And every day, we bust our asses to continue “making it,” but we most certainly have not “made it.”
“What they [the opposition leaders] do with their own asses is their own business, but they need to be serious,” he snarled.
They need to follow the lead of President Obama: Get their asses on offense and keep them there.
c.1200, worn-down form of Old English alswa "quite so" (see also), fully established by c.1400. Equivalent to so; any distinction in use is purely idiomatic. Related to German als "as, than," from Middle High German also. Phrase as well "just as much" is recorded from late 15c.; the phrase also can imply "as well as not," "as well as anything else." Interjection of incredulity as if! (i.e. "as if that really could happen") is attested from 1995, an exact duplication of Latin quasi.
beast of burden, Old English assa (Old Northumbrian assal, assald) "he-ass," probably from Old Celtic *as(s)in "donkey," which (with German esel, Gothic asilus, Lithuanian asilas, Old Church Slavonic osl) ultimately is from Latin asinus, which is probably of Middle Eastern origin (cf. Sumerian ansu).
For al schal deie and al schal passe, Als wel a Leoun as an asse. [John Gower, "Confessio Amantis," 1393]Since ancient Greek times, in fables and parables, the animal typified clumsiness and stupidity (hence asshead, late 15c., etc.). To make an ass of oneself is from 1580s. Asses' Bridge (c.1780), from Latin Pons Asinorum, is fifth proposition of first book of Euclid's "Elements." In Middle English, someone uncomprehending or unappreciative would be lik an asse that listeth on a harpe. In 15c., an ass man was a donkey driver.
slang for "backside," first attested 1860 in nautical slang, in popular use from 1930; chiefly U.S.; from dialectal variant pronunciation of arse (q.v.). The loss of -r- before -s- attested in several other words (e.g. burst/bust, curse/cuss, horse/hoss, barse/bass). Indirect evidence of the change from arse to ass can be traced to 1785 (in euphemistic avoidance of ass "donkey" by polite speakers) and perhaps to Shakespeare, if Nick Bottom transformed into a donkey in "A Midsummer Night's Dream" (1594) is the word-play some think it is. Meaning "woman regarded as a sexual object" is from 1942. Colloquial (one's) ass "one's self, one's person" attested by 1958.
The symbol for the element arsenic.
Latin auris sinistra (left ear)
The symbol for arsenic.
one's ass is dragging, someone's ass is on the line, bag ass, barrel ass, bet your boots, burn someone's ass, bust one's ass, candy ass, candy-assed, cold as hell, cover one's ass, deadass, drag ass, drag one's tail, dumb-ass, fall on one's ass, flat-ass, flat on one's ass, get one's ass in gear, get one's head out of one's ass, get off one's ass, get the lead out, give someone a pain, go pound salt, gripe one's ass, one has had it, haul ass, have a bug up one's ass, have someone's ass, have one's ass in a sling, have one's head pulled, have one's head up one's ass, have lead in one's pants, one's head is up one's ass, horse's ass, in a pig's eye, jump through one's ass, kick ass, a kick in the ass, kiss my ass, kiss someone's ass, man with a paper ass, my ass, no skin off my ass, not have a hair on one's ass, not know one's ass from one's elbow, on one's ass, out on one's ass, a pain in the ass, piece of ass, pissy, pull something out of one's ass, put one's ass on the line, raggedy-ass, a rat's ass, ratty, shag ass, shit-ass, sit on one's ass, sit there with one's finger up one's ass, smart-ass, soft-ass, stand around with one's finger up one's ass, stick it, suck ass, tear off a piece, throw someone out on someone's ass, tired-ass, up the ass, up to one's ass in something, what's-his-name, wild-ass, work one's ass off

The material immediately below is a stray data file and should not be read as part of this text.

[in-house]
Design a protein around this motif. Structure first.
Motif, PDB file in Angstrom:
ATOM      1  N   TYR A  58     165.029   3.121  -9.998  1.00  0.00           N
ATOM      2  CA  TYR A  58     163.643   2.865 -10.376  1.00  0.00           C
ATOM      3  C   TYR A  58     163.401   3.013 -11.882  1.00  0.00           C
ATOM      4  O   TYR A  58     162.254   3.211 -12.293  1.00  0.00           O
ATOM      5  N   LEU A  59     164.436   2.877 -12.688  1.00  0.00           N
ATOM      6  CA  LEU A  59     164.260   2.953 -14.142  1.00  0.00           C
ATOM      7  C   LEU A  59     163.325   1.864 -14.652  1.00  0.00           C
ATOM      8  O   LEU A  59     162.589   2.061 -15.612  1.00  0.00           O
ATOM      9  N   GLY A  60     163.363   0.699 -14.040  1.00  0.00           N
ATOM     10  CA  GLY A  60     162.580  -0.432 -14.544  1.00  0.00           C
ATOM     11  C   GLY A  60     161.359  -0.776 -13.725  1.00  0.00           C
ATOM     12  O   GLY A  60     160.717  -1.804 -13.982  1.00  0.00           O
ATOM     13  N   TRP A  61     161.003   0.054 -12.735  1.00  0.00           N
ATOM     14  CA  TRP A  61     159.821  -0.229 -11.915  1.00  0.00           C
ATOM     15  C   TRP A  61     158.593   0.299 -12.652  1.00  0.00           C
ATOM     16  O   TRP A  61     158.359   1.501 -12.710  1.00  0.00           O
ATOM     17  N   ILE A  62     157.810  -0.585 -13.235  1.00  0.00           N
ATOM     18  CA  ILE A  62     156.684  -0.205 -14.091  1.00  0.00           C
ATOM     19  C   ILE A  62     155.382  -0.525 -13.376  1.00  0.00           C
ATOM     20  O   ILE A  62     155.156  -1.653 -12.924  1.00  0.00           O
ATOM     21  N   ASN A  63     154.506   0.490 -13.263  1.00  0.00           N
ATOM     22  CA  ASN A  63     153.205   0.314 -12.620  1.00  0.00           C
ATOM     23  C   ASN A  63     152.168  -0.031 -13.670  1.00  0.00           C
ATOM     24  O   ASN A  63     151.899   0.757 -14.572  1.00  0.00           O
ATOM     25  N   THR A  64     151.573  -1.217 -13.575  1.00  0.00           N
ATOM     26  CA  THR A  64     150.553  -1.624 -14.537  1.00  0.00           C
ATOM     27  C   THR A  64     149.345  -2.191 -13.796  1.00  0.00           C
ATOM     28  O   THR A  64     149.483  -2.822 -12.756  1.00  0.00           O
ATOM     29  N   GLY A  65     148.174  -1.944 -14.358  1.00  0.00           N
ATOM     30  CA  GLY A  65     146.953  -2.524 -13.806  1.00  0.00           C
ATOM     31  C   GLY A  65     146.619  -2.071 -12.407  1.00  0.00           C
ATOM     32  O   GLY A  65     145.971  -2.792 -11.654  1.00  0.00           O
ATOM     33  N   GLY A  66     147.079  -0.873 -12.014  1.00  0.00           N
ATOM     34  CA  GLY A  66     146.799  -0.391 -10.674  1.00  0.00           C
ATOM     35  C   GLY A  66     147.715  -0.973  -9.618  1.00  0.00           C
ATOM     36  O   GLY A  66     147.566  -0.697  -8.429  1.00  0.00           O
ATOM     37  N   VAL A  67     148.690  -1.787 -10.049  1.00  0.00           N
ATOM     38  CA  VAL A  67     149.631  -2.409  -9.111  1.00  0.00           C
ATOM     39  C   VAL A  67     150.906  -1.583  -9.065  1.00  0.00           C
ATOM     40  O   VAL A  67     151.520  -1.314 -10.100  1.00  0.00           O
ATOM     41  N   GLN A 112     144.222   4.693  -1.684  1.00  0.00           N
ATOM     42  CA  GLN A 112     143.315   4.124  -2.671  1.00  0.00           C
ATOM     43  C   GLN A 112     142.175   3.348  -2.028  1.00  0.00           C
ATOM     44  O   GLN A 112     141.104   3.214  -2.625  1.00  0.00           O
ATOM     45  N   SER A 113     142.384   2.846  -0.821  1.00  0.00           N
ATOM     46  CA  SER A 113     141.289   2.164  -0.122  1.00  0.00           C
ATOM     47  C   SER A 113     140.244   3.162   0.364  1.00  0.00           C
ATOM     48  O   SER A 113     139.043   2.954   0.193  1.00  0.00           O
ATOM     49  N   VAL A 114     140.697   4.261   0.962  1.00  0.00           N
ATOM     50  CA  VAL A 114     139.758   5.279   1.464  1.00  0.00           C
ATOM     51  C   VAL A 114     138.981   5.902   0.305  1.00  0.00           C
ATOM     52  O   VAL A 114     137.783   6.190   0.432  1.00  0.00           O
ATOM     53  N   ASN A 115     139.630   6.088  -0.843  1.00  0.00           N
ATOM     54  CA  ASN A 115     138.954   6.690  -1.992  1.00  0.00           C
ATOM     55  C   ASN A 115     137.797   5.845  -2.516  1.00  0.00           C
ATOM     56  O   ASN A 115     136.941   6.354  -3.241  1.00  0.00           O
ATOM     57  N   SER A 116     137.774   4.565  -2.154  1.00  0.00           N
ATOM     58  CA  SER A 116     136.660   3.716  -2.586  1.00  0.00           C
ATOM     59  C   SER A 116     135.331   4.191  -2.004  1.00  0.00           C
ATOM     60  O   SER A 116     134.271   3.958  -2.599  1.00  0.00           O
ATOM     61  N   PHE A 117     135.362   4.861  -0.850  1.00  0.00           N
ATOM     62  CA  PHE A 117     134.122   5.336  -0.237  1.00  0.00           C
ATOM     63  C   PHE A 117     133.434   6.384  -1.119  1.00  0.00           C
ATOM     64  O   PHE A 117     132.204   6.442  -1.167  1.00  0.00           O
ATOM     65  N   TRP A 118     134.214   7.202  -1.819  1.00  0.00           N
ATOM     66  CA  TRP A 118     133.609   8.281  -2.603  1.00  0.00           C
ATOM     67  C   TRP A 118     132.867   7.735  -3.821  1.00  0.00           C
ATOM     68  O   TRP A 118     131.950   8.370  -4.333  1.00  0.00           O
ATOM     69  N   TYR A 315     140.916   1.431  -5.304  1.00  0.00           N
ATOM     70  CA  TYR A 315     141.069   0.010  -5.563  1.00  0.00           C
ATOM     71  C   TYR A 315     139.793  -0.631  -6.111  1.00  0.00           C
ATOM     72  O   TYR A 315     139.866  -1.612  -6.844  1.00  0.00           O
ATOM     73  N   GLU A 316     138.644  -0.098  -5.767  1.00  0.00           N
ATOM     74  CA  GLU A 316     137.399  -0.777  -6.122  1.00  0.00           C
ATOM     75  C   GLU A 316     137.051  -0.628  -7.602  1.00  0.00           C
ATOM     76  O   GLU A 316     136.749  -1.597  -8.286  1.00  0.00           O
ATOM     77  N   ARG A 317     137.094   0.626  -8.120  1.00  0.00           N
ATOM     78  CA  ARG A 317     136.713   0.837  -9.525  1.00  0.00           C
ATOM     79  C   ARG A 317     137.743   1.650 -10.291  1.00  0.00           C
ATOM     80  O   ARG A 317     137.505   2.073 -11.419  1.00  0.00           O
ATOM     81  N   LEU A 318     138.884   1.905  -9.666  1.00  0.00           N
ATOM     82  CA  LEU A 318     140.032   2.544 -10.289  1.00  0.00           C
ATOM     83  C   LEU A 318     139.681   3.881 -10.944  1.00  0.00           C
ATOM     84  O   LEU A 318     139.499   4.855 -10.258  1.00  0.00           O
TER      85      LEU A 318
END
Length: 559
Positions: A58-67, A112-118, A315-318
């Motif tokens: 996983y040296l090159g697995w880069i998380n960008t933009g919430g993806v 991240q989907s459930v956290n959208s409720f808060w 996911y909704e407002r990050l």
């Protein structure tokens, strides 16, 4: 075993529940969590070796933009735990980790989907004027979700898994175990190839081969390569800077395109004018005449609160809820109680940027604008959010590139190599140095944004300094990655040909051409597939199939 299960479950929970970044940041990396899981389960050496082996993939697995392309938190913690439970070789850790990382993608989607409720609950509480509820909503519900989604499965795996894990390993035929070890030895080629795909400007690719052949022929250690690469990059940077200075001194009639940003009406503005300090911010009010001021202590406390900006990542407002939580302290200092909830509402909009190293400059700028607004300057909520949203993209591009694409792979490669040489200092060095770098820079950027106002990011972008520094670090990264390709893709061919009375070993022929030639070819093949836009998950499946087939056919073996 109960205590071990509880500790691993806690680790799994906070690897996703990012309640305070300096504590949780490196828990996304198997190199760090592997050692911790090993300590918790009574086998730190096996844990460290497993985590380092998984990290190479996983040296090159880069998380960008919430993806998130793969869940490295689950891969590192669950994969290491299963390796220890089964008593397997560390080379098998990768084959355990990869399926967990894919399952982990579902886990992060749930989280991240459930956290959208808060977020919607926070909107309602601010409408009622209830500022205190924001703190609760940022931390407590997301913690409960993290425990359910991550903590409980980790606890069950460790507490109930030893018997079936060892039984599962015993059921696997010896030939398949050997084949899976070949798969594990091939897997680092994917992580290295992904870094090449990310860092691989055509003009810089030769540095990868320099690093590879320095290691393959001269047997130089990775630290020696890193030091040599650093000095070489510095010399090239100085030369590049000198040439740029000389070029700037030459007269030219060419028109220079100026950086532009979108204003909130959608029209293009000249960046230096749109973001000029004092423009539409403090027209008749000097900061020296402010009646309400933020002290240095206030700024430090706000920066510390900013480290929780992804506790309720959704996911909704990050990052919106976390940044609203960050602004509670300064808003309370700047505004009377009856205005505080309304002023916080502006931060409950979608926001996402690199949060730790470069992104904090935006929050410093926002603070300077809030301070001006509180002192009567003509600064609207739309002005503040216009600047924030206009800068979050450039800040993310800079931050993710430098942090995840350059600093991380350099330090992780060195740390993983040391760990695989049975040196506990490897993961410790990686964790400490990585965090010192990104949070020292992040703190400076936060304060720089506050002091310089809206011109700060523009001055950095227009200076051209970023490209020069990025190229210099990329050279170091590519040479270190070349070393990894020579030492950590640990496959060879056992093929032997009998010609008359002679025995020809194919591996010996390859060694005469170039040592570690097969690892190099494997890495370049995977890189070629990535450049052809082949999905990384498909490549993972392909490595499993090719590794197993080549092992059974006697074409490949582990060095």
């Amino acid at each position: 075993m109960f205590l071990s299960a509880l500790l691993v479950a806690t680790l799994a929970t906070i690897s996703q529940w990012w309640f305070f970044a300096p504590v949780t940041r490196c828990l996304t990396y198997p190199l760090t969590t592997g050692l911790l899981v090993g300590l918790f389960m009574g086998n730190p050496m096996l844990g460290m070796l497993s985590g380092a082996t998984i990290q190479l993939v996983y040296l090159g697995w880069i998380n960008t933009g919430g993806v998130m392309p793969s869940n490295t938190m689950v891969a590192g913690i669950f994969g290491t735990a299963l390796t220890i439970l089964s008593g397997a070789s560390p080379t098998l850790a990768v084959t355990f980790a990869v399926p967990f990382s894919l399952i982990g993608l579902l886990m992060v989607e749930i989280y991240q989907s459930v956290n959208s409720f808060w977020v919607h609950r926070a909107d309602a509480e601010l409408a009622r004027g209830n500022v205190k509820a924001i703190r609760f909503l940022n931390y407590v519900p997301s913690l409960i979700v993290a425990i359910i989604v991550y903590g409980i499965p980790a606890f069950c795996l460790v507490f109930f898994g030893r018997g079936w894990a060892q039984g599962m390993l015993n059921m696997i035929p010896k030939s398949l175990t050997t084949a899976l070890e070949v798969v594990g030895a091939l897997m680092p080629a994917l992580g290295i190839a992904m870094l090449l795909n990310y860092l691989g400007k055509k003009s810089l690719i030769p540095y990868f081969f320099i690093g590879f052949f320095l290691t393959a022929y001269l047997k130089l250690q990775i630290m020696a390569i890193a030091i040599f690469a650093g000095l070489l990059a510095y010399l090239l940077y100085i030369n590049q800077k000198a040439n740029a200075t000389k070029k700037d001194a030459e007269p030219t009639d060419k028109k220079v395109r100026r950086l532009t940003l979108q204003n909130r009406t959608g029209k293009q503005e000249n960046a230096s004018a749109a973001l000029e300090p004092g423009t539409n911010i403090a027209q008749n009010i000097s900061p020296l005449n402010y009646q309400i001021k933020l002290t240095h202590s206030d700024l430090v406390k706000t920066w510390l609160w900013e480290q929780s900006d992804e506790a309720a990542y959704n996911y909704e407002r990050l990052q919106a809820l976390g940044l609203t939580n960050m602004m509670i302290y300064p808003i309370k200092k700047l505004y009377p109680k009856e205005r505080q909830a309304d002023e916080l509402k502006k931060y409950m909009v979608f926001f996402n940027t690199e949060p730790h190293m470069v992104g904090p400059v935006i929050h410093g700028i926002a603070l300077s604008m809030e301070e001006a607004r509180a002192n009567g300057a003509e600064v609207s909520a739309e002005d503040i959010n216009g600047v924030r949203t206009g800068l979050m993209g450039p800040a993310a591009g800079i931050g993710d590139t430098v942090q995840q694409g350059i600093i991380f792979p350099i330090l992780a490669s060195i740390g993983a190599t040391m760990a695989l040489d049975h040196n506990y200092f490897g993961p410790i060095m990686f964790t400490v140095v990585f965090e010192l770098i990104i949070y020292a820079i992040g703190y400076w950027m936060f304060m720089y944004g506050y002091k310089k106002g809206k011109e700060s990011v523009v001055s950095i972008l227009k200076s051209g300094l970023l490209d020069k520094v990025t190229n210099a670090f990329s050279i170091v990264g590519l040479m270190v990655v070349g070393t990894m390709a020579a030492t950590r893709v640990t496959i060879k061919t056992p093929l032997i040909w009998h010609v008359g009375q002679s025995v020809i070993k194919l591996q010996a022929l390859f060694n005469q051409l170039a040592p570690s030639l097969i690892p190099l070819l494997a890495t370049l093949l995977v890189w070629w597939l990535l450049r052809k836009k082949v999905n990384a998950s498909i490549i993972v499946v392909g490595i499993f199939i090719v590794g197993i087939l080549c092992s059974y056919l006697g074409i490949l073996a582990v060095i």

frequently mentioned throughout Scripture. Of the domesticated species we read of, (1.) The she ass (Heb. 'athon), so named from its slowness (Gen. 12:16; 45:23; Num. 22:23; 1 Sam. 9:3). (2.) The male ass (Heb. hamor), the common working ass of Western Asia, so called from its red colour. Issachar is compared to a strong ass (Gen. 49:14). It was forbidden to yoke together an ass and an ox in the plough (Deut. 22:10). (3.) The ass's colt (Heb. 'air), mentioned Judg. 10:4; 12:14. It is rendered "foal" in Gen. 32:15; 49:11. (Comp. Job 11:12; Isa. 30:6.) The ass is an unclean animal, because it does not chew the cud (Lev. 11:26. Comp. 2 Kings 6:25). Asses constituted a considerable portion of wealth in ancient times (Gen. 12:16; 30:43; 1 Chr. 27:30; Job 1:3; 42:12). They were noted for their spirit and their attachment to their master (Isa. 1:3). They are frequently spoken of as having been ridden upon, as by Abraham (Gen. 22:3), Balaam (Num. 22:21), the disobedient prophet (1 Kings 13:23), the family of Abdon the judge, seventy in number (Judg. 12:14), Zipporah (Ex. 4:20), the Shunammite (1 Sam. 25:30), etc. Zechariah (9:9) predicted our Lord's triumphal entrance into Jerusalem, "riding upon an ass, and upon a colt," etc. (Matt. 21:5, R.V.). Of wild asses two species are noticed, (1) that called in Hebrew _'arod_, mentioned Job 39:5 and Dan. 5:21, noted for its swiftness; and (2) that called _pe're_, the wild ass of Asia (Job 39:6-8; 6:5; 11:12; Isa. 32:14; Jer. 2:24; 14:6, etc.). The wild ass was distinguished for its fleetness and its extreme shyness. In allusion to his mode of life, Ishmael is likened to a wild ass (Gen. 16:12. Here the word is simply rendered "wild" in the Authorized Version, but in the Revised Version, "wild-ass among men").